That incident stands out, because Palestinians recorded their intensely violent ambush on IDF vehicles on video and uploaded it to YouTube.

About this incident, AI wrote:

"Although the army stated that Palestinians were posing a danger to Israeli soldiers' lives when the latter opened fire, the fact that one soldier only was lightly injured in the incident inevitably raises the question whether the Israeli soldiers who used live ammunition gunfire against the Palestinians protesters acted proportionately or resorted to the use of lethal force when this was not justified."

Apparently, the only time that AI believes that lethal force against attacking Palestinians can be justified is in cases when an Israeli soldier has already been killed.

Here in Australia, AI's report has been covered so far by the Australian, the Herald Sun (print only), and two ABC journalists: Hayden Cooper for 'The World Today', and Matt Brown for ABC's 7pm news.

Both ABC reports focused on the case of Samir Awad, a 16-year-old Palestinian who, according to news reports, was shot in the back by an IDF soldier while trying to flee after partially penetrating part of Israel's security fence.

The IDF's open fire regulations clearly state that lethal force can be used only when there is an immediate threat to life. Since that did not appear to have been the case here, the IDF opened a criminal investigation into the shooting on the same day of the incident.

Cooper's report failed to mention that the IDF had opened a criminal investigation into the incident, while Brown said only that "a year on, there's no news of the military investigation that followed."

This isn't quite accurate, as the Israeli NGO B'Tselem, which has been following this story, reported that "on 5 January 2014 the MAG Corps informed B'Tselem that the additional investigation had been completed and that it had received the case for review", meaning the investigation had been completed and transferred to the military prosecutor to decide whether to hand down an indictment - a decision which must be expected soon.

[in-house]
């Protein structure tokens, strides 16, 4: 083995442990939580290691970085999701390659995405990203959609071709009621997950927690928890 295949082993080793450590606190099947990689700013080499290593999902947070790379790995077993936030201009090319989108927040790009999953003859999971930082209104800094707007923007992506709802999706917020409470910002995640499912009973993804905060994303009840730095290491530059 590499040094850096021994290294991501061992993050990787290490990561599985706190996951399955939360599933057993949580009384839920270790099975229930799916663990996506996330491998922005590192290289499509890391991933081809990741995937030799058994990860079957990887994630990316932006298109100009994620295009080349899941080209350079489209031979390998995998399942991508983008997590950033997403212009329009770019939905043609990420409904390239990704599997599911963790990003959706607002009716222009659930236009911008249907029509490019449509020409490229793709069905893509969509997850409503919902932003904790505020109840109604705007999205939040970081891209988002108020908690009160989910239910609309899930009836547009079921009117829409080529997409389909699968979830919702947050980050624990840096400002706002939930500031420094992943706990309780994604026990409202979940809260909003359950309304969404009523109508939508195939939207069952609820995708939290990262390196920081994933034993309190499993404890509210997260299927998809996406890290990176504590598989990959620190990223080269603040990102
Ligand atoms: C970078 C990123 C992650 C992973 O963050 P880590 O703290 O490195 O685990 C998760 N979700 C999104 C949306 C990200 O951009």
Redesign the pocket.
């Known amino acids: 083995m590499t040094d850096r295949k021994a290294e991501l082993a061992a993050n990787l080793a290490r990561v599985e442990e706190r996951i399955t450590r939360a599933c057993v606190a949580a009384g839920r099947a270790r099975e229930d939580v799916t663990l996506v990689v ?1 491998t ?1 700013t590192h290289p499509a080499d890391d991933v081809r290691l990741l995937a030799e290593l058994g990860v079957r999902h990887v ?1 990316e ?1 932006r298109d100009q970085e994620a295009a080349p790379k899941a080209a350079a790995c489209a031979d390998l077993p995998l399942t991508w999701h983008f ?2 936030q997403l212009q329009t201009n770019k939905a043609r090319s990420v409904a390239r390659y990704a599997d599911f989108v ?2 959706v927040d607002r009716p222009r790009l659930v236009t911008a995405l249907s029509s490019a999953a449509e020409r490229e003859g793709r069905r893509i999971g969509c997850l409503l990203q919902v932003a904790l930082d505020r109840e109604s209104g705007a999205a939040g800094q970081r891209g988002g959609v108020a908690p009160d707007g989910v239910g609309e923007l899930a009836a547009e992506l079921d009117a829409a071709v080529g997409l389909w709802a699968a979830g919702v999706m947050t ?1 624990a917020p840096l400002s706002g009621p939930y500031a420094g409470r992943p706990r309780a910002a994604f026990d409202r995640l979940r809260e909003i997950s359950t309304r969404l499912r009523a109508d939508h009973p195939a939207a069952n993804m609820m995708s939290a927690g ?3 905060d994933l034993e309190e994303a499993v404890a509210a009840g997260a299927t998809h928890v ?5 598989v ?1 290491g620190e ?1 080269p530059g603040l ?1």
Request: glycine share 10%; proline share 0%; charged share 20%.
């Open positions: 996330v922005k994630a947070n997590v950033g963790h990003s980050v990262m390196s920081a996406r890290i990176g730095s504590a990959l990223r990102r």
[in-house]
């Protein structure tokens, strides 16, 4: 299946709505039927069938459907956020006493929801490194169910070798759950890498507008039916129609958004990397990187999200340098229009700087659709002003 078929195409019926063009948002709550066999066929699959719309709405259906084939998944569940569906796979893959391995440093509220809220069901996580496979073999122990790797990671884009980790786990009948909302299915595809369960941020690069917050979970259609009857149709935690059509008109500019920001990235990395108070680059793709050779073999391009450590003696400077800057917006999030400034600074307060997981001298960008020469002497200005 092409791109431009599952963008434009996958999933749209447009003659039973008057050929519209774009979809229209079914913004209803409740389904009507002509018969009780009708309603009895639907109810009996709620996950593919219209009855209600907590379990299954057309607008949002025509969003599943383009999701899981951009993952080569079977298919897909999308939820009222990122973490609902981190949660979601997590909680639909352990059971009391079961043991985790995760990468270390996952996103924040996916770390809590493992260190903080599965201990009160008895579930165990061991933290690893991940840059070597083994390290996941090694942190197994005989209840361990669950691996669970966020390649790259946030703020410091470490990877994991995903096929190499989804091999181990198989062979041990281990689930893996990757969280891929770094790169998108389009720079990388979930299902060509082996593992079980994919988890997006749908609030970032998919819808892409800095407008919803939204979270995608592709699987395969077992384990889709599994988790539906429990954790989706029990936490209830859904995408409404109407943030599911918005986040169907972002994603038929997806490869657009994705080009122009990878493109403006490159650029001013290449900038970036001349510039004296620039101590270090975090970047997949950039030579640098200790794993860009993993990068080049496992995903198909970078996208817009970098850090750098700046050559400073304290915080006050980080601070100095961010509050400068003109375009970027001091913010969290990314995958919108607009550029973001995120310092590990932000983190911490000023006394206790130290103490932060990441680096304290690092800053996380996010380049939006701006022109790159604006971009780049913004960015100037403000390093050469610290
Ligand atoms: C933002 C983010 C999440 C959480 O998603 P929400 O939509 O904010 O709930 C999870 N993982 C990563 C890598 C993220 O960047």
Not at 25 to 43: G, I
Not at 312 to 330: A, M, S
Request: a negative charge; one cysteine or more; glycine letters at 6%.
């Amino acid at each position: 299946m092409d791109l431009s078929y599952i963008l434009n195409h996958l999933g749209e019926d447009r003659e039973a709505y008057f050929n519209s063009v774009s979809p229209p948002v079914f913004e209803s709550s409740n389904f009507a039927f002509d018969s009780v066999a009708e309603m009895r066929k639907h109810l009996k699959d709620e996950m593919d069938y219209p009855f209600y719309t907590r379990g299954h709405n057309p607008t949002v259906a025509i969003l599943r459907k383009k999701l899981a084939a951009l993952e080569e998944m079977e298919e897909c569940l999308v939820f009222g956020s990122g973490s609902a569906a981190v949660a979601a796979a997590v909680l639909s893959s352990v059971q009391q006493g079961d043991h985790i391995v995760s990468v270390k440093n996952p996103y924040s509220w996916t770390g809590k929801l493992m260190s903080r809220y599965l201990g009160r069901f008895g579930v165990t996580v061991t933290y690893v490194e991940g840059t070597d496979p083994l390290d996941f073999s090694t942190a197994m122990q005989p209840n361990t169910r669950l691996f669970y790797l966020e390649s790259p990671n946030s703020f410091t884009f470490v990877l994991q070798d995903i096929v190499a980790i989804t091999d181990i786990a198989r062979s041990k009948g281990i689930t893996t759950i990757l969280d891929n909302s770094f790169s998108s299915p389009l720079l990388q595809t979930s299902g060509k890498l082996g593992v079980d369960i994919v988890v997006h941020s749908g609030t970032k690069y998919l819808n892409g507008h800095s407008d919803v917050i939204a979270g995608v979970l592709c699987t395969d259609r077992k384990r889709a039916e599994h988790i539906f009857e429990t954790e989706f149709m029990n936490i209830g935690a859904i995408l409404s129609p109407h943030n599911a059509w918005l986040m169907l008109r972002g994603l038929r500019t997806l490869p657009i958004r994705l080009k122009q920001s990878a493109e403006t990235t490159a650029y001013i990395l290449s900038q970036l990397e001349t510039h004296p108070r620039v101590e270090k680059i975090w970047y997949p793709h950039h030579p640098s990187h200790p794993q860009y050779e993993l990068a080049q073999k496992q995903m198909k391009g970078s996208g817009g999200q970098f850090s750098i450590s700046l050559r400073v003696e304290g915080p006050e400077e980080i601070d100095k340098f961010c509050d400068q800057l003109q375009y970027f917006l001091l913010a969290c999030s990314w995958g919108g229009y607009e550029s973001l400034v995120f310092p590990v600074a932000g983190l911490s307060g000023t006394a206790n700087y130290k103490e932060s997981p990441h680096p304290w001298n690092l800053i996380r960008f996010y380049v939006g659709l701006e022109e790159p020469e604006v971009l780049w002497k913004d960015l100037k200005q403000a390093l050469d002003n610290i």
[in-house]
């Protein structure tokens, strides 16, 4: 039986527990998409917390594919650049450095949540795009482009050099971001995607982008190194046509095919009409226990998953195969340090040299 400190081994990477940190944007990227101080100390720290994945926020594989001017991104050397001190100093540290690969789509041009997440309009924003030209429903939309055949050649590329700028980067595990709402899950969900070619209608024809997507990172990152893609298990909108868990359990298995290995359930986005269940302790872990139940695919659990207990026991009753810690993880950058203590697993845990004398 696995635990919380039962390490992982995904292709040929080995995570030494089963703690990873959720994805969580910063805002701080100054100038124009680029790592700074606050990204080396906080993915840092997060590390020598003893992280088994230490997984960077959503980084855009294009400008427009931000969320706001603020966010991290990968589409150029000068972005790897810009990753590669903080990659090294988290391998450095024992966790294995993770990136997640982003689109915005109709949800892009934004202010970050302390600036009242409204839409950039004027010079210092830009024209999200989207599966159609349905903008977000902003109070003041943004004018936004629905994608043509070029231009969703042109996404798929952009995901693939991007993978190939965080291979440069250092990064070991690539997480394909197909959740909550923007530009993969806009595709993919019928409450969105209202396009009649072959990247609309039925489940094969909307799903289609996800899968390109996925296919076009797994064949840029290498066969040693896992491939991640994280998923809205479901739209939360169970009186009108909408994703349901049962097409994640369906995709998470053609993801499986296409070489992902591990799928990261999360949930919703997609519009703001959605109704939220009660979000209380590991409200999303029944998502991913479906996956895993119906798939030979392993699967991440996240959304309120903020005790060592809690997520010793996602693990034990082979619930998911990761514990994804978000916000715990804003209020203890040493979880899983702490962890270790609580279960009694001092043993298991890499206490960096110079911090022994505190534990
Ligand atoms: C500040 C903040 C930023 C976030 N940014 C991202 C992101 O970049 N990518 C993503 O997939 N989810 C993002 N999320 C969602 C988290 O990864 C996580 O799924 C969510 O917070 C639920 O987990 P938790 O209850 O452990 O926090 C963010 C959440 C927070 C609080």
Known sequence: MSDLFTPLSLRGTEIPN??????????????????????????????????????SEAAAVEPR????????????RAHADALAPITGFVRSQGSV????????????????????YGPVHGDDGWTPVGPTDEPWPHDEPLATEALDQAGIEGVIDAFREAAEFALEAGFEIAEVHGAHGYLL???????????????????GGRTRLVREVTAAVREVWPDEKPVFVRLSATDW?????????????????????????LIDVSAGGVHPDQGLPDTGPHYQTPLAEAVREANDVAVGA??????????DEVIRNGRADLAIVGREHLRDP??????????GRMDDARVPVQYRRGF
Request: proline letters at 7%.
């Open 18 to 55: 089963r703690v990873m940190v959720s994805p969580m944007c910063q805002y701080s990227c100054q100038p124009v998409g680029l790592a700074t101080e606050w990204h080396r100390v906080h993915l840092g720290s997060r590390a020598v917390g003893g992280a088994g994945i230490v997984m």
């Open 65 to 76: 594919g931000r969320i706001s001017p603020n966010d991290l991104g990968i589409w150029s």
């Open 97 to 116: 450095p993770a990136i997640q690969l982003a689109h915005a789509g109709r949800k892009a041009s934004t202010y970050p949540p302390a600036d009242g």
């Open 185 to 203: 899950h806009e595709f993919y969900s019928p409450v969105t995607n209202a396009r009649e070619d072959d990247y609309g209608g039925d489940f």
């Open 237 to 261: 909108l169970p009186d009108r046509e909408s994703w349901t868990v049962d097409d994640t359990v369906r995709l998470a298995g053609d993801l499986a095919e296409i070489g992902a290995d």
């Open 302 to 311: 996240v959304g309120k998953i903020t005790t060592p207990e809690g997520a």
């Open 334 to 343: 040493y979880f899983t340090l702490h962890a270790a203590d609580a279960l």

Cooper's report also took a more hostile attitude towards the IDF's claims that its system of internal investigation is sound and credible. He asked Lerner "How many soldiers have been demoted as a result of these sorts of incidents?" implying IDF wrongdoing was widespread and its internal enforcement lax. He also allowed AI's Middle East and North Africa Director Philip Luther the comment, "Essentially the military who perpetrated the killing are investigating themselves and that's why we believe there is such a lack of accountability" without informing viewers that every major army in the world, including Australia's, also entrusts its own legal division with the task of investigating itself over shootings.

On a final note on this subject there is the matter of selective reporting. While, as stated before, AI has a history of bias against Israel, it did actually produce a report in September 2013 criticising the Palestinian Authority, also for the use of excessive force.  However, this was not reported on in Australia - not by the ABC, the Australian, the Herald Sun or anybody else.

Ahron Shapiro